It happens to a number of great collegiate athletes every rookie season.
There’s a highly-touted college prospect with all the right moves on that college football field. Unfortunately, when said prospect gets drafted by an NFL team, that aura of athleticism begins to shift and deteriorate.
Whether it’s due to poor work ethic, off-the-field distractions, or an inability to adjust to the NFL level of play, there are always a couple guys who can’t keep up when they get to the pros.
Here’s a look at six rookies who may become NFL busts.
It might not be fair to bag on Alshon Jeffery strictly because he has weight management issues.
But there are other qualities lacking that make him a concern for prospective teams.
The upside to Jeffery is that he has great hands. But if he can’t get his speed and route running underwrap, those hands might go to waste. Despite his beastly size and strength, his lack of speed won’t get him past many NFL cornerbacks.
If intensity and love of the game can be made into a bad thing, Vontaze Burfict is the poster child for it. This is the guy that could give Ndamukong Suh a run for his money.
Burfict doesn’t have the ability to productively channel his aggression into solid play, and has gone so far as to punch his own teammate.
Add that to a terrible combine, and teams can speculate that Burfict is more trouble than his athletic prowess is worth. Burfict posted poor times, showing a lack of preparedness. Also, he refused to take responsibility for his bad behavior during his team interviews, showing a lack of respect for both himself and prospective teams.
Quinton Coples might be considered a first-round pick by most mock draft gurus—and heck, the kid has incredible athleticism—but his pension for laziness could bring on his downfall in the NFL.
This blot on his work ethic is incredibly unfortunate, given what a talented athlete he is. At 6'6" and weighing in at around 285 pounds, Coples has strength and agility that make him one of the most—if not the most—talented defensive player in his draft class.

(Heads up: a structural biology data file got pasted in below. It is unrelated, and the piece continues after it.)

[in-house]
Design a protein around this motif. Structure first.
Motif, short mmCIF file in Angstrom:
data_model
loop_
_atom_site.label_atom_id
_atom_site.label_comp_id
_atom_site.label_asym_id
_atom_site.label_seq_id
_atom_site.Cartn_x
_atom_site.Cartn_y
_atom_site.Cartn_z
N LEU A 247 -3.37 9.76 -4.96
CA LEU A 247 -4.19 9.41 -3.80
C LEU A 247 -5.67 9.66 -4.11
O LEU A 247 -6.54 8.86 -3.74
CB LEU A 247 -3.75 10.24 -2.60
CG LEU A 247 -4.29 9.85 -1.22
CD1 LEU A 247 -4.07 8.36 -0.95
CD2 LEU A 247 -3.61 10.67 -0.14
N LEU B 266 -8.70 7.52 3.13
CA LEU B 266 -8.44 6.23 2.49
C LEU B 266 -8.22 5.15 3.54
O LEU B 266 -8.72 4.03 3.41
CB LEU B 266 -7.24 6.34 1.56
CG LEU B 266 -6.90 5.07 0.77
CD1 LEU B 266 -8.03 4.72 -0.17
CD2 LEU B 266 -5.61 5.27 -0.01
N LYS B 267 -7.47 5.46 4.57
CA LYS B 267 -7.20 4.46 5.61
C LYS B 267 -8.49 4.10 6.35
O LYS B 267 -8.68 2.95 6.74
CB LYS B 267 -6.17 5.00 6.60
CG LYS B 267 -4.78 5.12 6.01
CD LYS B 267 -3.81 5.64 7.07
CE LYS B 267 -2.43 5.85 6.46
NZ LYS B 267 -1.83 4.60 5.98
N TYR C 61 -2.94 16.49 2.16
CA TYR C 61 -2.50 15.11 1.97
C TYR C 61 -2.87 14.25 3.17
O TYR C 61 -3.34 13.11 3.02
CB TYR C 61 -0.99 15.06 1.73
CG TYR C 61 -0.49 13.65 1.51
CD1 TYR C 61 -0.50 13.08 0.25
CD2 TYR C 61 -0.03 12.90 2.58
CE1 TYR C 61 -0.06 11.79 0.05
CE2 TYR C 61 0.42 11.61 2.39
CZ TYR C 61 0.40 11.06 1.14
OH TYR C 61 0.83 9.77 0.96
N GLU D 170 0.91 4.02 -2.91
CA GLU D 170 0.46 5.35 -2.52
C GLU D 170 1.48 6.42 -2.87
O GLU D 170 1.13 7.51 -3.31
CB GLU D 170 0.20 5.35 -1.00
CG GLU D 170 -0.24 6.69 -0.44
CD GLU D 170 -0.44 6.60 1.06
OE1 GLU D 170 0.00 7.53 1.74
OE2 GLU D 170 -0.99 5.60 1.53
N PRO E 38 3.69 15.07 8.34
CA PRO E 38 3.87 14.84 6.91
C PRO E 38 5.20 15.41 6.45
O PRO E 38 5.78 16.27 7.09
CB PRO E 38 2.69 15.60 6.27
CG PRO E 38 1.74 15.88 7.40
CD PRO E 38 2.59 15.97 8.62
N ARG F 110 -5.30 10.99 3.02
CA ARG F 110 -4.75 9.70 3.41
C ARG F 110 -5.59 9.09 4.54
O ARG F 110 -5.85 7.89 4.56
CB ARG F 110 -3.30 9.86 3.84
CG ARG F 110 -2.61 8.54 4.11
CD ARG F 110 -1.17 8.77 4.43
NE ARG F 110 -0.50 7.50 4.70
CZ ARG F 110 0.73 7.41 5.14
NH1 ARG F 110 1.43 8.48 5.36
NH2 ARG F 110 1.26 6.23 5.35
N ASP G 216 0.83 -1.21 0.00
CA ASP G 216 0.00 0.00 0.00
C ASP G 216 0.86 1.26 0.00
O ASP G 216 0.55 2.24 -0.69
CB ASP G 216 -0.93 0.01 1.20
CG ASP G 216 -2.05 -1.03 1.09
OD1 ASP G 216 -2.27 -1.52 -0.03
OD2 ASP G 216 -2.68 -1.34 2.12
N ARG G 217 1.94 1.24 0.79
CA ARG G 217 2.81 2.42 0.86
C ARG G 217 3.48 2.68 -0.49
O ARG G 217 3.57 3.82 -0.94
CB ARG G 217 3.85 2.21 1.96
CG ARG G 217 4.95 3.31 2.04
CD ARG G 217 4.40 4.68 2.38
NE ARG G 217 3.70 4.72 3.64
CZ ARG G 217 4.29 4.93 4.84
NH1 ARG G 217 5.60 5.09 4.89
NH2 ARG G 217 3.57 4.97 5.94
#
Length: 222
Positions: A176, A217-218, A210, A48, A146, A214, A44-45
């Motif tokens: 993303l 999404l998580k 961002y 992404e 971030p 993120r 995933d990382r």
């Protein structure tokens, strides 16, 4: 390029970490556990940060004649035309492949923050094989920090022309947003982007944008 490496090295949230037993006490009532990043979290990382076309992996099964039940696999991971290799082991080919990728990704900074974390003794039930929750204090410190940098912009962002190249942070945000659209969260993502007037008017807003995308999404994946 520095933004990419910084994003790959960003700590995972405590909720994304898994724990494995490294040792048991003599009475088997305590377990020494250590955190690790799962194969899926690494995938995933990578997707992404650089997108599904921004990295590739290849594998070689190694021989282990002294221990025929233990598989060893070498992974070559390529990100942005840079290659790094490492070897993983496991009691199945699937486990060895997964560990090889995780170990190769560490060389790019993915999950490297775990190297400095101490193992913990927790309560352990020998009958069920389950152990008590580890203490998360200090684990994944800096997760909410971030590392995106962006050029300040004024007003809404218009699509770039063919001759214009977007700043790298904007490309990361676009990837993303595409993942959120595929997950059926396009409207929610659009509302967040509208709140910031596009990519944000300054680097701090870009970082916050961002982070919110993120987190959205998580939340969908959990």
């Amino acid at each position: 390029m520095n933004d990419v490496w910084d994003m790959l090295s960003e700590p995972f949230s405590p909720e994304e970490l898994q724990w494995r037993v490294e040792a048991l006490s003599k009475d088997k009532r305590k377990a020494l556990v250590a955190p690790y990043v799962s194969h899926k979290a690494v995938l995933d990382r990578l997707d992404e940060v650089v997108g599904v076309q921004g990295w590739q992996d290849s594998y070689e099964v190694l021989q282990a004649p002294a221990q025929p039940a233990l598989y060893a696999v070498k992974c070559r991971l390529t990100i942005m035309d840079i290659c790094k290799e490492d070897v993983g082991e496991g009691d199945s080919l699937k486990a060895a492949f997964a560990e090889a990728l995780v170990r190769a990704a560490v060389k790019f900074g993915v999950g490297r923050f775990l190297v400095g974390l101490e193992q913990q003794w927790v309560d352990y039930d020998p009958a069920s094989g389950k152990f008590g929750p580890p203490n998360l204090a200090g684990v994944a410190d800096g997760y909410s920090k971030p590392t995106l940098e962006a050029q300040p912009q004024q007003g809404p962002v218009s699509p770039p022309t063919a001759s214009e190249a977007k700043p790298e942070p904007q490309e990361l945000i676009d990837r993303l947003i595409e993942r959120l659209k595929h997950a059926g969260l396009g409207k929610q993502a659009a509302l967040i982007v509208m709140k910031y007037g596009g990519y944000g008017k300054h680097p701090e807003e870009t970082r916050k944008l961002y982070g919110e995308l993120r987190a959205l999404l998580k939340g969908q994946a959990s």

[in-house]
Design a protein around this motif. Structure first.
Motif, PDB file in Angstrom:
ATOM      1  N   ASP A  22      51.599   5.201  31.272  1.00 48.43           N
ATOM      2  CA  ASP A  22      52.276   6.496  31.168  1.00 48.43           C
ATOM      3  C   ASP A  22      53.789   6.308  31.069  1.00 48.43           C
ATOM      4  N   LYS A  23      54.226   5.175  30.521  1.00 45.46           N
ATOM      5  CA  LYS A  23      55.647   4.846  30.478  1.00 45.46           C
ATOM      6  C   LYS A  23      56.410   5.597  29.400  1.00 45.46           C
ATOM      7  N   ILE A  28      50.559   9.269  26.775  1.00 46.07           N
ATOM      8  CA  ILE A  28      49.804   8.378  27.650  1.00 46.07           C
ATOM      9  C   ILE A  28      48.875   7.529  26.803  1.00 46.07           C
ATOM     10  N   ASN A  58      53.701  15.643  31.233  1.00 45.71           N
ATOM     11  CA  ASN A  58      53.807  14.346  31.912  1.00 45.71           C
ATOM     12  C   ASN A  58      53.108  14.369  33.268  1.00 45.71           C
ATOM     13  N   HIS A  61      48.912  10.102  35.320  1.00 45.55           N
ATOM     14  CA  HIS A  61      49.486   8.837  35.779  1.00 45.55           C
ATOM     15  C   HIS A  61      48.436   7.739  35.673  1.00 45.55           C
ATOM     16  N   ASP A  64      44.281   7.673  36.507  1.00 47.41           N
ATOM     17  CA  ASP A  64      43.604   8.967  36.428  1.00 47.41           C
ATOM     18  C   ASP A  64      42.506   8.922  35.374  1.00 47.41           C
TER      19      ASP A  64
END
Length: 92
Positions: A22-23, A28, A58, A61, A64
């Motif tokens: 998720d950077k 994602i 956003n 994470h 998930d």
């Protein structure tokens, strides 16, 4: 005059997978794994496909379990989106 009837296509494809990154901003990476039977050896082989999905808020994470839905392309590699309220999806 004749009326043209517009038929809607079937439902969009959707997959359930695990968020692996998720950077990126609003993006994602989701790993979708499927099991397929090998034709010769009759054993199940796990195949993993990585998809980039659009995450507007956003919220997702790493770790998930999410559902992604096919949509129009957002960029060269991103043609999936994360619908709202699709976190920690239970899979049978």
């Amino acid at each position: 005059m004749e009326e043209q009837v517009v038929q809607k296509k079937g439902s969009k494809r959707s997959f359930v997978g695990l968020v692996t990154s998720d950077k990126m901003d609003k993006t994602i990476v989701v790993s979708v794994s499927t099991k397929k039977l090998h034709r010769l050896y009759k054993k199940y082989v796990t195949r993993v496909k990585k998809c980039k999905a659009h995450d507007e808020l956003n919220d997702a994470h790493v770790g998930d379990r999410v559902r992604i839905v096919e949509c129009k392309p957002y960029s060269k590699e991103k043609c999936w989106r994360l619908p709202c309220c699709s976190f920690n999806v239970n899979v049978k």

But Coples’s tendency to lose steam could make him a serious liability, especially if it’s in an NFL playoff situation. While OGDraft.com argues that this bout of lethargy could’ve been a tactic to keep himself from getting hurt, who’s to say that Coples can break his bad habit of not putting in 100 percent?
Ohio State scandal aside, Mike Adams is yet another first-round prospect that could be an NFL bust.
Sure, Adams’s athleticism would benefit any team that drafts him: His size, strength and excellent footwork would behoove any team looking to beef up their O-line.
Adams has had issues dodging the injury bullet. He missed college games due to shoulder, knee and foot injuries. An experienced opposing defensive player could ram into Adams in just the right way to put him on the bench for any number of games, making his strength, size and excellent footwork obsolete.
LaMichael James is so special-case that it's almost a joke. Despite all of his immense talent, he is an extremely limited running back.
He has great speed, but isn’t a strong runner. He is great in the open field, but doesn’t have the capacity to break out of many tackles and doesn’t have any experience with pass protection. His small frame and stature make him hard to catch, but it also makes his durability questionable.
Top that off with his inability to handle a heavy workload.
At best, James could be what NFLDraftGeek.com calls “a luxury pick.” Any team that drafts him will have to want him for special scenarios, but not rely too heavily on him. He comes with all sorts of restrictions, and he isn't even part of the NFL yet.
It isn't that Kendall Wright isn’t a great football player. And it is possible that, with a year or two under his belt, he could be a solid, successful NFL receiver.
But his lack of experience with NFL-style routes and questionable “ability to beat pass coverage” keep him from being a No. 1 receiver on any team.
Again, Wright is a wonderful athlete, worthy of his first-round-caliber recognition. But any team looking for a go-to wide receiver early in the draft—the San Francisco 49ers, for example—should look elsewhere.